Kerry Harvey: I was born and raised near the Manukau in Papakura.  I studied and spent my early working life in Auckland.  In 2012 I moved back after 25 years living and working for central government in Wellington.  I love Auckland’s many natural and culturally significant features, - the volcanic cones, beaches and shorelines, harbours, regional parks and reserves.  Living between the Manukau Harbour and Maungakiekie/Cornwall Park, for both of which I feel a special affinity, is a real privilege. I have been on MHRS committee for four years and its secretary since 2020.

Jill Joyce: I am an accountant and office manager and have been Treasurer for MHRS since its inception.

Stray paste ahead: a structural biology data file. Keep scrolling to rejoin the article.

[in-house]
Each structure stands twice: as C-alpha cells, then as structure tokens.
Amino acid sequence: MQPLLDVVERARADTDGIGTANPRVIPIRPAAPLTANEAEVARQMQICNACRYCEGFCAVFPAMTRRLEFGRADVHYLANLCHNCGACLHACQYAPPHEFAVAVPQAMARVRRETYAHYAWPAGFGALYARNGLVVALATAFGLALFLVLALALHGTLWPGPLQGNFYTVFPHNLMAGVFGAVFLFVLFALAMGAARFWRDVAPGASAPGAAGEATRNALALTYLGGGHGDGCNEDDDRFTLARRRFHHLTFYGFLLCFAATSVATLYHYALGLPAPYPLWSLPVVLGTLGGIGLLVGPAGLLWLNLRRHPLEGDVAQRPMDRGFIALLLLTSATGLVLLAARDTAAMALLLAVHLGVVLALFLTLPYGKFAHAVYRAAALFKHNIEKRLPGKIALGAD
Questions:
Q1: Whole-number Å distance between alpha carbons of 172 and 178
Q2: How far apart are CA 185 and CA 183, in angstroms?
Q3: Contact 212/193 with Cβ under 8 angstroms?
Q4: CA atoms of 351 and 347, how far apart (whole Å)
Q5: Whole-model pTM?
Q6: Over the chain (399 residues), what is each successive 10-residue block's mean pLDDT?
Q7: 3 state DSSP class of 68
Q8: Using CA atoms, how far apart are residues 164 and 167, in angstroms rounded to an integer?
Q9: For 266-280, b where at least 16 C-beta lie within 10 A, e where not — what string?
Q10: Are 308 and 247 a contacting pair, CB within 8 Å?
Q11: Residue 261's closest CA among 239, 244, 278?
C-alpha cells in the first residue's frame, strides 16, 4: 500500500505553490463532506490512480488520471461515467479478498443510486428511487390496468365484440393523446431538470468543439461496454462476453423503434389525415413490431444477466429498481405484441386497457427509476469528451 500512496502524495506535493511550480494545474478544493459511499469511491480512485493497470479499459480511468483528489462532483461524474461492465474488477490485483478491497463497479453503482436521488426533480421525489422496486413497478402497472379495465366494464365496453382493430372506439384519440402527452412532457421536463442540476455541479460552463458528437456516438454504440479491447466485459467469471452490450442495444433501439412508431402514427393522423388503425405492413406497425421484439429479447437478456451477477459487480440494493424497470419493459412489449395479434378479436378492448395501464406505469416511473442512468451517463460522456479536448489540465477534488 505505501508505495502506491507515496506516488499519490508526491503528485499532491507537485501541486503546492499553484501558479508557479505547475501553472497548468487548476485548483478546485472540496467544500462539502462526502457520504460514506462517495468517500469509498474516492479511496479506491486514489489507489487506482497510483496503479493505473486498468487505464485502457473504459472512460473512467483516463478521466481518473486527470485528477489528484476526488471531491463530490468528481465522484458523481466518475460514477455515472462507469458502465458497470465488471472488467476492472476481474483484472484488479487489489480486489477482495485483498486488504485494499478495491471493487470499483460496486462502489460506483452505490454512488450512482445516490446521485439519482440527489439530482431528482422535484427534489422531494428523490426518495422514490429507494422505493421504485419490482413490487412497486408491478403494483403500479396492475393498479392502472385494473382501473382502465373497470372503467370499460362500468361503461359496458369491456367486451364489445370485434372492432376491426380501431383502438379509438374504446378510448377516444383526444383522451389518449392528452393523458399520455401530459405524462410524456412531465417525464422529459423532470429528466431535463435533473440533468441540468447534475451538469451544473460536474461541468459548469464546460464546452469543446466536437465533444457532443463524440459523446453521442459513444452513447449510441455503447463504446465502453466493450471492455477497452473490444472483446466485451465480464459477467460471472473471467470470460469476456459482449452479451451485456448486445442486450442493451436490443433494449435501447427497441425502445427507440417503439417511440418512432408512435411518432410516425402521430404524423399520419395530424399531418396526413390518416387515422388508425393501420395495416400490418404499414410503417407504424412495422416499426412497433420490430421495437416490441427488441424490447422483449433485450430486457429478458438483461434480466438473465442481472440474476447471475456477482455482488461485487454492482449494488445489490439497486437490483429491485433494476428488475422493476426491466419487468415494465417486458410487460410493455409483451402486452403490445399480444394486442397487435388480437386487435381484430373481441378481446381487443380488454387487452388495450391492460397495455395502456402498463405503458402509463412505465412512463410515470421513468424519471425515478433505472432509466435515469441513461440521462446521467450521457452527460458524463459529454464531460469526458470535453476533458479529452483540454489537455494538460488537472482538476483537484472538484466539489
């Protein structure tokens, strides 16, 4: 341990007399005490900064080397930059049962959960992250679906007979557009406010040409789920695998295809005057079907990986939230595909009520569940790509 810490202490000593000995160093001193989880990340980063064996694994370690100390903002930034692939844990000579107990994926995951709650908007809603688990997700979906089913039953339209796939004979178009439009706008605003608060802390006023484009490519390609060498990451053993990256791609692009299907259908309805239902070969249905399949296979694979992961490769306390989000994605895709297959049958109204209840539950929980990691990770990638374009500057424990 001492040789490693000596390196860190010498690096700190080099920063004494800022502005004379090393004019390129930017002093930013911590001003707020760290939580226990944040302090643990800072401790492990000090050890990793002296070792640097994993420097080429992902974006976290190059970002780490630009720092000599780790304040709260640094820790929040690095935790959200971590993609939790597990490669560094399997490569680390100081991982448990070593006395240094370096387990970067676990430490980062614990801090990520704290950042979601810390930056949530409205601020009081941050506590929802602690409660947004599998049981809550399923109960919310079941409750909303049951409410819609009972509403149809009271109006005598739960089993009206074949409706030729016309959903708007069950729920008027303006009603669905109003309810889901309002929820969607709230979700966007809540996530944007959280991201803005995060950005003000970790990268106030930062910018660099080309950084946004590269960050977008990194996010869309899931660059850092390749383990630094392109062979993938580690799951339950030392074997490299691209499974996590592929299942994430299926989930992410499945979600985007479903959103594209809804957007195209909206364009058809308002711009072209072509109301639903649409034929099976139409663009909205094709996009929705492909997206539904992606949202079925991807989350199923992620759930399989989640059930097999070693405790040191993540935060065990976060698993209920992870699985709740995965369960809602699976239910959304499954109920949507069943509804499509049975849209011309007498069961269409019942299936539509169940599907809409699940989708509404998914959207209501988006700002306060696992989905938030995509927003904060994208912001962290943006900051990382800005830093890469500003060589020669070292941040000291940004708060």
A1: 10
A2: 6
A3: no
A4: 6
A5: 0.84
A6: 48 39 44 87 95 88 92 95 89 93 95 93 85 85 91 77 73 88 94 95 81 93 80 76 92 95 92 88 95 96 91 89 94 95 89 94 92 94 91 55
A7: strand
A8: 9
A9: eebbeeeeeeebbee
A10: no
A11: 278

Stephen Lasham: I have been a resident of Onehunga for over 25 years and have a keen interest in the area.  I’ve been a leader at Aotea Sea Scouts since 2007, so have a focus on the Manukau foreshore and Onehunga Bay Reserve (Te Tauranga).  I’m interested in seeing the Port of Onehunga developed as a public place with boating facilities, further restoration of the Onehunga Foreshore, the completion of the replacement Old Manukau Bridge (so we can access the inner harbour), removal of the pylons from Onehunga Bay, and general water quality improvement for our beaches and recreation.  I currently work for Auckland Council as an SAP ABAP Developer, having worked in various ICT roles for the council since 1994; so have some idea of the machinations of the place.